We´ve got the pork
I landed in Havana, Cuba, on 22 December 2014. It was a very special time for the island: five days before, presidents Barack Obama and Raul Castro had announced that their countries would restart diplomatic relations after more than half a century of rupture. There was much skepticism, but also hope for changes to come.
I traveled partly on holiday and partly to do a reportage about Cubans vicissitudes to eat in their everyday life. I grew up hearing a lot about the complex dynamics of food access in the island, so I wanted to go personally to try to find some answers.
I could partially summarize by saying that, for most Cubans, the main concern is what to put on their tables day by day. The variety of products is limited and access to them is hard because of low wages (a Cuban earns on average $ 18 by month).
A typical cuban dish contains rice and beans (called congrí), vianda (manioc, yam, sweet potato) and, in the best case, some fried or roasted pork (beef and fish are virtually impossible for most people). The limited range of products available (Cuba imports 80% of its food) makes this dish both current and special, ordinary and extraordinary, quotidian and celebratory.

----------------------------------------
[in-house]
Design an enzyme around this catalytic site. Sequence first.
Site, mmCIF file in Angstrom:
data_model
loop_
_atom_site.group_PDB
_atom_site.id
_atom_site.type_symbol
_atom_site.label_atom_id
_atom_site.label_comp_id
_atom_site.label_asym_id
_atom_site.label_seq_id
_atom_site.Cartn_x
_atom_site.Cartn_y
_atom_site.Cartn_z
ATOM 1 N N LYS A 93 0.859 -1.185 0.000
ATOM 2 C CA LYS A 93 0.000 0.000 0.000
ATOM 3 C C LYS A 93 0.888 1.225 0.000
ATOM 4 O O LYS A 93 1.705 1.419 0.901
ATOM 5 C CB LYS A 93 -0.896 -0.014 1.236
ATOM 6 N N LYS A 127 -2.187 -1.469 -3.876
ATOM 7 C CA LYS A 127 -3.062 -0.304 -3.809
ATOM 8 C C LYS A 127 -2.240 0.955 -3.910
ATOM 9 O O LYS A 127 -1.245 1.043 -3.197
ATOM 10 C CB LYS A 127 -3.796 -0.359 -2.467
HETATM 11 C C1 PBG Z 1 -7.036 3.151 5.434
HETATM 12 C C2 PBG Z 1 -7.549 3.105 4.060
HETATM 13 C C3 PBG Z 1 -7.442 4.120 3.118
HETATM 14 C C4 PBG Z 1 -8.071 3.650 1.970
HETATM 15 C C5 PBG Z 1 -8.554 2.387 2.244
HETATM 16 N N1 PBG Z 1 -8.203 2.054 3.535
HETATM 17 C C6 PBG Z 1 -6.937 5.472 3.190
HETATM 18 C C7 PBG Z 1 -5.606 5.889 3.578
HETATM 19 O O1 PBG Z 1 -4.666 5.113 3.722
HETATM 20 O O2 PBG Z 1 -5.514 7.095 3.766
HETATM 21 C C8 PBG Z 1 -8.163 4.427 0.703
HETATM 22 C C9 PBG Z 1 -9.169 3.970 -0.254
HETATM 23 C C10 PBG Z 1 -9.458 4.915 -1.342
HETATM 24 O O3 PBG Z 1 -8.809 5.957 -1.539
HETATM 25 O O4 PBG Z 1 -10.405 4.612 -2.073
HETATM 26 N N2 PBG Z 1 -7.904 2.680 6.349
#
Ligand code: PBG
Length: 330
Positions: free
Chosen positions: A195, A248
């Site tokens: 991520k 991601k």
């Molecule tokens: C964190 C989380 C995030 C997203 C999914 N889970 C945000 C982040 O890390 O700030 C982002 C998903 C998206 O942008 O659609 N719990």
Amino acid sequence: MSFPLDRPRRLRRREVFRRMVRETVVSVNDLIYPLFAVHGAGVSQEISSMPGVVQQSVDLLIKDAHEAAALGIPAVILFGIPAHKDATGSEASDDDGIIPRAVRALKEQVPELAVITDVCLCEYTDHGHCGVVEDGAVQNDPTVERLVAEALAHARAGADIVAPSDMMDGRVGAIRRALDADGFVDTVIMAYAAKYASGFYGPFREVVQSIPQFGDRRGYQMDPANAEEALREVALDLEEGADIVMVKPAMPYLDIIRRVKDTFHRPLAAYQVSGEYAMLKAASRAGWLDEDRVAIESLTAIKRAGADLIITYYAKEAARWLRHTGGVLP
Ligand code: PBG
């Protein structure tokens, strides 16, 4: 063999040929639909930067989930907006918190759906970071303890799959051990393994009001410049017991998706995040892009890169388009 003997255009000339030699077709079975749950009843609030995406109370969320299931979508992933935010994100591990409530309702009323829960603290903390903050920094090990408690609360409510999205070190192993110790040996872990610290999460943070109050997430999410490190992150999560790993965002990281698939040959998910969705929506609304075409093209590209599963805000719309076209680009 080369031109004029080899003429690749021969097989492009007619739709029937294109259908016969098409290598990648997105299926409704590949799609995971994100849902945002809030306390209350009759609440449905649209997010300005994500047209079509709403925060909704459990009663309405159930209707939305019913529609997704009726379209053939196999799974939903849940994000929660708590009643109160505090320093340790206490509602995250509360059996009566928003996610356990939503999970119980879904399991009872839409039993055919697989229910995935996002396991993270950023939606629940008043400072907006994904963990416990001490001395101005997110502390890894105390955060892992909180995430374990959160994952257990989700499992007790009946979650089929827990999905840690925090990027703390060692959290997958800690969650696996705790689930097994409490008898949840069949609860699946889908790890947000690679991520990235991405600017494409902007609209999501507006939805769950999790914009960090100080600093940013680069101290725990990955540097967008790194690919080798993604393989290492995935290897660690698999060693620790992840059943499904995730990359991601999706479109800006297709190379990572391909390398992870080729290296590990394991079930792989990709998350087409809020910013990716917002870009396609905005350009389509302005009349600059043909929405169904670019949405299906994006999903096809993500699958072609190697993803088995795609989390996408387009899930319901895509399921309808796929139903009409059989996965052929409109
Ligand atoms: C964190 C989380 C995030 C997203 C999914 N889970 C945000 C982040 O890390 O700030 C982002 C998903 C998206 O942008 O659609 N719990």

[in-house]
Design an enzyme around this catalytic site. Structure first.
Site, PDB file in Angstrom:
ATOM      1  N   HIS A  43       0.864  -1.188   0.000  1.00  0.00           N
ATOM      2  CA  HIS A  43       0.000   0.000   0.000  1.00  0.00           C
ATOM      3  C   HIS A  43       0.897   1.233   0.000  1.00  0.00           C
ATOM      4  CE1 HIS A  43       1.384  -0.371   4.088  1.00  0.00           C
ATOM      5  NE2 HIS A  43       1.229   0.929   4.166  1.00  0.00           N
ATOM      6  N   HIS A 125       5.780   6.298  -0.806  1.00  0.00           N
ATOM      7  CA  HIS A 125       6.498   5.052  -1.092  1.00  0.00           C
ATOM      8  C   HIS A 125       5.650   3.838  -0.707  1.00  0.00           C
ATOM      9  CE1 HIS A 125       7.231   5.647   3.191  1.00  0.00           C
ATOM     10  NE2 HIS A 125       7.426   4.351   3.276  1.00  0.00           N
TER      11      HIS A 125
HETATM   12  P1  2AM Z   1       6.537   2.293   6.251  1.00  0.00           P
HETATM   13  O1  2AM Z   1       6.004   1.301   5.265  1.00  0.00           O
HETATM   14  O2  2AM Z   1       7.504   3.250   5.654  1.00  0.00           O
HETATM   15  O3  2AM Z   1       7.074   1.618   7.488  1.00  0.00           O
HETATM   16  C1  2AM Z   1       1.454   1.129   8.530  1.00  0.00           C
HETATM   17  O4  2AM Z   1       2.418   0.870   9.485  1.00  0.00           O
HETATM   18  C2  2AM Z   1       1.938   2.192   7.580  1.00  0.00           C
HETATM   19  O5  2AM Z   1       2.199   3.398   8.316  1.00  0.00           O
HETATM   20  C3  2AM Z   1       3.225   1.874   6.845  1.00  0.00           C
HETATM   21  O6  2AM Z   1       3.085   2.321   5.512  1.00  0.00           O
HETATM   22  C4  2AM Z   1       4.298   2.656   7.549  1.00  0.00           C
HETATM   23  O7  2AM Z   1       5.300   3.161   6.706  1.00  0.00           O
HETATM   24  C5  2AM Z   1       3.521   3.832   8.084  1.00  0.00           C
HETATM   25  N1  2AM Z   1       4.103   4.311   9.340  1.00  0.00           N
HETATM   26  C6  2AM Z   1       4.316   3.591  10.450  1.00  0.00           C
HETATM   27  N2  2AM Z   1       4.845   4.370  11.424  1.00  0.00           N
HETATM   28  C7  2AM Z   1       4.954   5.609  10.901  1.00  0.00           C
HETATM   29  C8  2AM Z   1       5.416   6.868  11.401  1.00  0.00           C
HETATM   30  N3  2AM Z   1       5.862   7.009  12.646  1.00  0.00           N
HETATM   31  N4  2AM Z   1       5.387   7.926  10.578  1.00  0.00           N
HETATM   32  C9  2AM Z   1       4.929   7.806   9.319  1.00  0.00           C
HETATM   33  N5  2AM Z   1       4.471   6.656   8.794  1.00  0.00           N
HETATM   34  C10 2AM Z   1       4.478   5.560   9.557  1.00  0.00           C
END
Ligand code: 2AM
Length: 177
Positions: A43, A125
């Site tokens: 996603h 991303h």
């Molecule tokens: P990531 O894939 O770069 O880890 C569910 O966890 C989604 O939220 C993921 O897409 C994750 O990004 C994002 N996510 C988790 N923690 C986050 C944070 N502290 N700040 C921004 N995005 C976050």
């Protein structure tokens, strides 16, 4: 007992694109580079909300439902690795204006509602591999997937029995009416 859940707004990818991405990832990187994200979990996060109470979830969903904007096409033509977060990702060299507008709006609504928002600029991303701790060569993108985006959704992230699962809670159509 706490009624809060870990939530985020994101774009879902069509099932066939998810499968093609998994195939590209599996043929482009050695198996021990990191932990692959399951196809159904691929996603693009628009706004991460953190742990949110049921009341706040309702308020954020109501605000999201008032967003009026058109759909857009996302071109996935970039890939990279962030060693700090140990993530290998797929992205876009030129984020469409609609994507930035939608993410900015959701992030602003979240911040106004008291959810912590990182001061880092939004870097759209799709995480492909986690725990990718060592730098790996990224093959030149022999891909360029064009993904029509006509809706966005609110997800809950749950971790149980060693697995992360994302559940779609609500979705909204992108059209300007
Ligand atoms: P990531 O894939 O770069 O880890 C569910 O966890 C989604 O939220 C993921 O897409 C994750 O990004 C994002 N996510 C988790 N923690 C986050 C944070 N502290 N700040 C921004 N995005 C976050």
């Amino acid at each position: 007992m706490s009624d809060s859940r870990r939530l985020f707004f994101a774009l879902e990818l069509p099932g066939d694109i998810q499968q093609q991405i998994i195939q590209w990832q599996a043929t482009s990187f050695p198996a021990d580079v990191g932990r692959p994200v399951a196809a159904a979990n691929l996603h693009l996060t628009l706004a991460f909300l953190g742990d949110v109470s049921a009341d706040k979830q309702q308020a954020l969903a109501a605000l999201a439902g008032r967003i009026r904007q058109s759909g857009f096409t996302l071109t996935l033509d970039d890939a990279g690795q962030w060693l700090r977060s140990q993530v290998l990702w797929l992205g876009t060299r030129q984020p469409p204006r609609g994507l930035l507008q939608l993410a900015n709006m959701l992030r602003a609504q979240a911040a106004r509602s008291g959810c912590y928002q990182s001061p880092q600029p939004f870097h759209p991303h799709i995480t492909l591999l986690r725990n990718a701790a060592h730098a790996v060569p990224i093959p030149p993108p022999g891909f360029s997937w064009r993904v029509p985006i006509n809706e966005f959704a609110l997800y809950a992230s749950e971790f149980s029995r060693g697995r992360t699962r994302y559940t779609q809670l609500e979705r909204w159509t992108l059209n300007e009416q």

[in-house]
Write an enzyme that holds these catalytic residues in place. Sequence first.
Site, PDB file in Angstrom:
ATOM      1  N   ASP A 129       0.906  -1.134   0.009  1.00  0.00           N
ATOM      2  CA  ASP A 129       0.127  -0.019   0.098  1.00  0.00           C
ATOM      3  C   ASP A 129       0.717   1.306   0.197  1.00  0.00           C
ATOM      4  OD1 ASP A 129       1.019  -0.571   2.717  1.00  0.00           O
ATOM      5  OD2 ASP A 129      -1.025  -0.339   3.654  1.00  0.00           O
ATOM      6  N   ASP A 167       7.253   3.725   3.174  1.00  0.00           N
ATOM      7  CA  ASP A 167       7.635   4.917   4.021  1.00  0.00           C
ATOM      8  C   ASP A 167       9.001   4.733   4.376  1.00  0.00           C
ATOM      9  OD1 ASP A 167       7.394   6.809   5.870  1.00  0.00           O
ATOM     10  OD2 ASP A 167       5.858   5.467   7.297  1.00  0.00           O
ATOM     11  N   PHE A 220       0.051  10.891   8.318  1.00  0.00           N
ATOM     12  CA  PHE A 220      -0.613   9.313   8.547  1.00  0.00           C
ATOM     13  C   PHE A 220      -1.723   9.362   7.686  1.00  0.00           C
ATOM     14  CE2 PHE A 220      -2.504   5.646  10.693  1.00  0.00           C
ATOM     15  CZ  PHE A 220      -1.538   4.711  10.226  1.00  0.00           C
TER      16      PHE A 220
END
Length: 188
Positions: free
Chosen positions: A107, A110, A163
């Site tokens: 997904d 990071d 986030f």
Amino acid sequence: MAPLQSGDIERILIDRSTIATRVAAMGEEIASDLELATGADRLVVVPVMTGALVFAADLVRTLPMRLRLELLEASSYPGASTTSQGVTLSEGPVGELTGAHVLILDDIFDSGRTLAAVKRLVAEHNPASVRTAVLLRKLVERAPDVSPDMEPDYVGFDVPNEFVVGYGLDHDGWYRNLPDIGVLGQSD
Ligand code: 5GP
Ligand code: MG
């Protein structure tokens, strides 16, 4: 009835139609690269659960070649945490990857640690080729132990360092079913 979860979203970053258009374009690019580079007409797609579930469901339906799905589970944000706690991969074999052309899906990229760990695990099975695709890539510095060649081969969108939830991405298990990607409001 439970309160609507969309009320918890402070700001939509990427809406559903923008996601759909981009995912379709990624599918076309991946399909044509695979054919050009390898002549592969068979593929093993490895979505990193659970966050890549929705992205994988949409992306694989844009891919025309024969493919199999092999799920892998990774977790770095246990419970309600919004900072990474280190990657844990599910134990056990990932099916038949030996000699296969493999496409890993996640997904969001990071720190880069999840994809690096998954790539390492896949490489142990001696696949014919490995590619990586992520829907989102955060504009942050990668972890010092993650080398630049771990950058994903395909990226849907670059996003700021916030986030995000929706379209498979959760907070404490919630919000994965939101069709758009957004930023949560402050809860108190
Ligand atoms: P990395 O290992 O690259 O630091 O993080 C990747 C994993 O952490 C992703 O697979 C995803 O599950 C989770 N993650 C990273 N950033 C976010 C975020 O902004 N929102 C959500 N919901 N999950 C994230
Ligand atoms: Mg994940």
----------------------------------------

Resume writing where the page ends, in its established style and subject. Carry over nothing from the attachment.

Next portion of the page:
I was fortunate to be invited to spend New Year’s Eve at Fonseca´s home, a family of Havana. To have a special meal that night, the Fonsecas made an economic effort and were able to buy a pork leg. Dulce, family´s grandmother, marinated the pork the day before and then roasted it for three hours. The result was a tender, juicy and slightly cumin perfumed meat. We ate the pork with congrí, manioc and a salad of lettuce and tomato, a simple dish with no big artifices that expresses the generosity of a people who share what little they have, and that gathers not only a certain gastronomic savoir faire but the political and economic history of a country that, despite the recent changes is going thru, is still worried about what to put on the table the next day.